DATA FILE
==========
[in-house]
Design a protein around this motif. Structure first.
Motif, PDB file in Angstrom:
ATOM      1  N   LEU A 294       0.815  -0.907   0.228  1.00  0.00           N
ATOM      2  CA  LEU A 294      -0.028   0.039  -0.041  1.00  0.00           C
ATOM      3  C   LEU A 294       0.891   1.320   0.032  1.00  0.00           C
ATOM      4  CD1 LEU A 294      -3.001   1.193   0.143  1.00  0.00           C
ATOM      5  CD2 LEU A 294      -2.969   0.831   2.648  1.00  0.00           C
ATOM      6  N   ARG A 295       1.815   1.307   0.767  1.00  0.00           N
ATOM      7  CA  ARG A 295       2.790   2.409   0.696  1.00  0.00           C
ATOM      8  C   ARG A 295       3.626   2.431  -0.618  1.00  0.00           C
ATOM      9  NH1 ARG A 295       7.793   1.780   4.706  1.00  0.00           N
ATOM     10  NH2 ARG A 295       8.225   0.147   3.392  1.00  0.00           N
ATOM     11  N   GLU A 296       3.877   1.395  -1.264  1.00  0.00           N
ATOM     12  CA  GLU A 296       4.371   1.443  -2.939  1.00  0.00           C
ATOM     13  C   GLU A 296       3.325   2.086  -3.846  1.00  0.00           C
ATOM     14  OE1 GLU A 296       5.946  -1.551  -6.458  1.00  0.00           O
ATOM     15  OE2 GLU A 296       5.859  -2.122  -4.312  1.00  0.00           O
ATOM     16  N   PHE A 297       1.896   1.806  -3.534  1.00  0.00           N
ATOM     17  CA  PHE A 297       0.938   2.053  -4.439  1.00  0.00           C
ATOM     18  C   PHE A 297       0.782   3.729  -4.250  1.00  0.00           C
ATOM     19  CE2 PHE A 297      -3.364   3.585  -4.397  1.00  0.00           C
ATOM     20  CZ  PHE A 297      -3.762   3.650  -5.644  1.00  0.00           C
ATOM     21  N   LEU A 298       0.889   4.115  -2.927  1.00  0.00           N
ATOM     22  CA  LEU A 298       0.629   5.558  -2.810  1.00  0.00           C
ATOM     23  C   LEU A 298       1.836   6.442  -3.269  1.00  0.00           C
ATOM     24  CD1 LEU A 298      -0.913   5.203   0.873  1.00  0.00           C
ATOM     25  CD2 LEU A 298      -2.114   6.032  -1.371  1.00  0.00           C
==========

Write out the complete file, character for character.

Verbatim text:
[in-house]
Design a protein around this motif. Structure first.
Motif, PDB file in Angstrom:
ATOM      1  N   LEU A 294       0.815  -0.907   0.228  1.00  0.00           N
ATOM      2  CA  LEU A 294      -0.028   0.039  -0.041  1.00  0.00           C
ATOM      3  C   LEU A 294       0.891   1.320   0.032  1.00  0.00           C
ATOM      4  CD1 LEU A 294      -3.001   1.193   0.143  1.00  0.00           C
ATOM      5  CD2 LEU A 294      -2.969   0.831   2.648  1.00  0.00           C
ATOM      6  N   ARG A 295       1.815   1.307   0.767  1.00  0.00           N
ATOM      7  CA  ARG A 295       2.790   2.409   0.696  1.00  0.00           C
ATOM      8  C   ARG A 295       3.626   2.431  -0.618  1.00  0.00           C
ATOM      9  NH1 ARG A 295       7.793   1.780   4.706  1.00  0.00           N
ATOM     10  NH2 ARG A 295       8.225   0.147   3.392  1.00  0.00           N
ATOM     11  N   GLU A 296       3.877   1.395  -1.264  1.00  0.00           N
ATOM     12  CA  GLU A 296       4.371   1.443  -2.939  1.00  0.00           C
ATOM     13  C   GLU A 296       3.325   2.086  -3.846  1.00  0.00           C
ATOM     14  OE1 GLU A 296       5.946  -1.551  -6.458  1.00  0.00           O
ATOM     15  OE2 GLU A 296       5.859  -2.122  -4.312  1.00  0.00           O
ATOM     16  N   PHE A 297       1.896   1.806  -3.534  1.00  0.00           N
ATOM     17  CA  PHE A 297       0.938   2.053  -4.439  1.00  0.00           C
ATOM     18  C   PHE A 297       0.782   3.729  -4.250  1.00  0.00           C
ATOM     19  CE2 PHE A 297      -3.364   3.585  -4.397  1.00  0.00           C
ATOM     20  CZ  PHE A 297      -3.762   3.650  -5.644  1.00  0.00           C
ATOM     21  N   LEU A 298       0.889   4.115  -2.927  1.00  0.00           N
ATOM     22  CA  LEU A 298       0.629   5.558  -2.810  1.00  0.00           C
ATOM     23  C   LEU A 298       1.836   6.442  -3.269  1.00  0.00           C
ATOM     24  CD1 LEU A 298      -0.913   5.203   0.873  1.00  0.00           C
ATOM     25  CD2 LEU A 298      -2.114   6.032  -1.371  1.00  0.00           C